Datacasting Set Limits in New Legislation
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The Federal Government has imposed limits on the content datacasters will be able to distribute, in new legislation introduced to Parliament.
The legislation, which builds on and extends the digital conversion framework agreed upon by Parliament in 1998, introduces a new definition of datacasting and restricts datacasters to certain content genres and time limits.
This new definition, which the federal Department for Communications, Information Technology and the Arts said "provides certainty to the industry, and ensures that datacasting services are different from television broadcasting", sets a 10 minute time limit for content available on television to be datacast.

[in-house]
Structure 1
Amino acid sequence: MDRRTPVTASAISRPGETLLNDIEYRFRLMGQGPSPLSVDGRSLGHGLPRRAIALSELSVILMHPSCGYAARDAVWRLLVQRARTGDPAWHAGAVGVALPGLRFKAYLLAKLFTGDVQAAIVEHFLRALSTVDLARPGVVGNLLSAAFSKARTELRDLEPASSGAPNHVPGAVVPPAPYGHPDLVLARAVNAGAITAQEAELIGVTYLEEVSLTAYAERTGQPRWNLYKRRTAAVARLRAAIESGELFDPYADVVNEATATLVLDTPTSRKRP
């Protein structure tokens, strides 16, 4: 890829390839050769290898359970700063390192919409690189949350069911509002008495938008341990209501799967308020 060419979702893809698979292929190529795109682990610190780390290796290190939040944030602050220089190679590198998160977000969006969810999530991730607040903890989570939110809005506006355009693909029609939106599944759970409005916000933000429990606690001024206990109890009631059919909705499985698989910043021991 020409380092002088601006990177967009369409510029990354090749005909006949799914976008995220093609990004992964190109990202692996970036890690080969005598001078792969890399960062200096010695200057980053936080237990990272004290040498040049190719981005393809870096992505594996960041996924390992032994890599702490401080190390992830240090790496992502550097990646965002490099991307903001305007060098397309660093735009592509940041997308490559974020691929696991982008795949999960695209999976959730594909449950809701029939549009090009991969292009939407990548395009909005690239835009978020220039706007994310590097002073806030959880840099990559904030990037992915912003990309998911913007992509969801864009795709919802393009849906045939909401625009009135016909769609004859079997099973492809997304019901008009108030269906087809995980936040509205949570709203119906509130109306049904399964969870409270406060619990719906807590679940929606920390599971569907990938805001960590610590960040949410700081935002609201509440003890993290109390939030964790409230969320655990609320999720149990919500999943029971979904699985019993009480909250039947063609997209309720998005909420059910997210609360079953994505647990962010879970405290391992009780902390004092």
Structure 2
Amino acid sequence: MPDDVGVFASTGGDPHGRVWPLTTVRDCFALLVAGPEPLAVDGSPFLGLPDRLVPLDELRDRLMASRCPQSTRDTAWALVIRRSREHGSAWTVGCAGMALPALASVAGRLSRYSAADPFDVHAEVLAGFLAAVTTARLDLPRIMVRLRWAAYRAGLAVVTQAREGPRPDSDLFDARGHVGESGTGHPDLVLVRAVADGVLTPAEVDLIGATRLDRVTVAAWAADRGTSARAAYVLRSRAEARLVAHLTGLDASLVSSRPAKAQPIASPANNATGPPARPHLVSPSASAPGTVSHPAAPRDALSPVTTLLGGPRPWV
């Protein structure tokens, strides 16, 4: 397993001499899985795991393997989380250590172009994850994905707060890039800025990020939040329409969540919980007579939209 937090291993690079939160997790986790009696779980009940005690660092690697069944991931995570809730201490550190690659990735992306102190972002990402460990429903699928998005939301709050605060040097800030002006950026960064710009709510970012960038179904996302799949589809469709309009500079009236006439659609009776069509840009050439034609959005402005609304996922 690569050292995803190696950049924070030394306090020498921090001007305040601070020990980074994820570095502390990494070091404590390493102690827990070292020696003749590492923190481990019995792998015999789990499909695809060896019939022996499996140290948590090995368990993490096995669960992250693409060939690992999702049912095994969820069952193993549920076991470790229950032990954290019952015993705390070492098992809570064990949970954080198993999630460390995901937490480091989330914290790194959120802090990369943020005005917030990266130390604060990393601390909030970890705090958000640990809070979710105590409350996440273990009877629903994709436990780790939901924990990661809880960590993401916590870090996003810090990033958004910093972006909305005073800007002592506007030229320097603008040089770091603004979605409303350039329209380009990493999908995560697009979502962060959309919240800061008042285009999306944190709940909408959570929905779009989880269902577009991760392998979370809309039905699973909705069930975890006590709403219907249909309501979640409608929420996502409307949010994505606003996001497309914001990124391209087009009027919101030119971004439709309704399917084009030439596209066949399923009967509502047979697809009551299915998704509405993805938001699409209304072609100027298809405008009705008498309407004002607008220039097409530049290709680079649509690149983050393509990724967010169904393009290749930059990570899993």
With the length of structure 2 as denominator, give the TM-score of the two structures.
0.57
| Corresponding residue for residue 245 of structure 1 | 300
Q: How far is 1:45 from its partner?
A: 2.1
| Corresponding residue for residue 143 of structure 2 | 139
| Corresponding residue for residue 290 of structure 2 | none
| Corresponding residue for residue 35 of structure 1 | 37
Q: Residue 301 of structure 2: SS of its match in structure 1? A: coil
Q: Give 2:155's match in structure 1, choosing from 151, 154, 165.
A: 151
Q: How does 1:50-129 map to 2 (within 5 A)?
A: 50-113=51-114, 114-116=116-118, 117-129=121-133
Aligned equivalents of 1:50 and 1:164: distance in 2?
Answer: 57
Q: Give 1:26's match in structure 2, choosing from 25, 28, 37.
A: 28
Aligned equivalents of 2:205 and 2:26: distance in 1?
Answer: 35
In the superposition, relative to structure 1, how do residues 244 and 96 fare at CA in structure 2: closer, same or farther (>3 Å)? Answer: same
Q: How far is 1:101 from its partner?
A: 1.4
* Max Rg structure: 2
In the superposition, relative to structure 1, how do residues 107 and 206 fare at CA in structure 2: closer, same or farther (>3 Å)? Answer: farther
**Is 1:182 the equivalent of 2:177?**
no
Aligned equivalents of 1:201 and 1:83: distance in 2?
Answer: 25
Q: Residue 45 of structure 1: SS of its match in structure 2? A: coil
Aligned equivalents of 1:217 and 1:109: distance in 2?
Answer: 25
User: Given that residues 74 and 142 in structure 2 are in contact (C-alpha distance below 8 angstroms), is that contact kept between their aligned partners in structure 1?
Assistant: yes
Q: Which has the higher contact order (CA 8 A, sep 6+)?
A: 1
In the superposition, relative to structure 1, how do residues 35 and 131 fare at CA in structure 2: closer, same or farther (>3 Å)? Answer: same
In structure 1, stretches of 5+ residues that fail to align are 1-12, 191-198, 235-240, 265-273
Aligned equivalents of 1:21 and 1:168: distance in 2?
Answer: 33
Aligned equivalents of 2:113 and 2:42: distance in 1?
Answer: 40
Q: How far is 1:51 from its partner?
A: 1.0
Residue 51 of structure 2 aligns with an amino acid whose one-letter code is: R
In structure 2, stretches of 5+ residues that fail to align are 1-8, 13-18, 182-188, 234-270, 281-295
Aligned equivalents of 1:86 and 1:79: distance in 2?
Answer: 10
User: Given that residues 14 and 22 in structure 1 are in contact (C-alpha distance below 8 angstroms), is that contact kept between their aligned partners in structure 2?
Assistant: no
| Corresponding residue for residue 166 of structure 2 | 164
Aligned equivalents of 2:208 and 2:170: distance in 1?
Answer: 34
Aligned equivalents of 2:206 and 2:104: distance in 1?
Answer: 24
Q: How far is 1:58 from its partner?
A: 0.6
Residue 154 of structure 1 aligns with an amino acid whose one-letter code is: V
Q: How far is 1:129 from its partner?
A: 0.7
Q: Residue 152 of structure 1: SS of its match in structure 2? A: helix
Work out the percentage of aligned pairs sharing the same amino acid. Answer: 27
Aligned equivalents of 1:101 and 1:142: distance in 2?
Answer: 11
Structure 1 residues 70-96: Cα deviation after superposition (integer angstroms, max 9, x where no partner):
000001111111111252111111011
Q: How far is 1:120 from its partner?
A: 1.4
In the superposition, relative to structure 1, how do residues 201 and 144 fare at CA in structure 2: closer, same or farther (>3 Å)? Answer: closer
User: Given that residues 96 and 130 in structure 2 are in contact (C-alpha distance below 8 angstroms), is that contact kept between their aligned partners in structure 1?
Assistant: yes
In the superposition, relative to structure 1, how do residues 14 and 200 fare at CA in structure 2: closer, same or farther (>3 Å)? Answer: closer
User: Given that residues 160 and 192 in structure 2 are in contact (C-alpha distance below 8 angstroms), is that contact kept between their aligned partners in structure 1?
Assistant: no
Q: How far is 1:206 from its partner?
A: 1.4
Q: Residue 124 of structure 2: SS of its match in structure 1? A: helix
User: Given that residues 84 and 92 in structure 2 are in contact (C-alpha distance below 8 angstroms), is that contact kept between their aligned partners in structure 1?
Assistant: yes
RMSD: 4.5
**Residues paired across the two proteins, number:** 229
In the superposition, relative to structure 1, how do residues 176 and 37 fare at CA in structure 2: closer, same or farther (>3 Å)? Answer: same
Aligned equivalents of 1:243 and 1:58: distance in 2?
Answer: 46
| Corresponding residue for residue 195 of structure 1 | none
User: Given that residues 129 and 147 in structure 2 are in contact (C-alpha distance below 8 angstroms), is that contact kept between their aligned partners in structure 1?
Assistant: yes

Datacasters will not be able to provide content in genres established as the domain of free-to-air broadcasters, such as drama or lifestyle programs, but at best they will be able to provide 10 minute extracts of programs that fall within these categories.
Outside of the free-to-air genres, datacasters will be able to provide content without facing any restrictions.
While the broadcasting industry has speculated on such datacasting restrictions edging into legislation, they have been some time coming. While the Government maintained they will aid consumers in the move to digital broadcasting next year, they also appear to offer some protection to the established domain of the free-to-air broadcasters.
With this protection though they will also have to meet distribution responsibilities, as all free-to-air broadcasters will have to provide both High Definition (HDTV) and Standard Defninition (SDTV) broadcasts. This move will give consumers the option to purchase lower cost SD television sets and use set top boxes.
Broadcasters will also be able to provide digital enhancements to their main simulcast programs, as long as there is a link between this enhancement and its source program, and as long as the enhancements are relevant with their linked programs.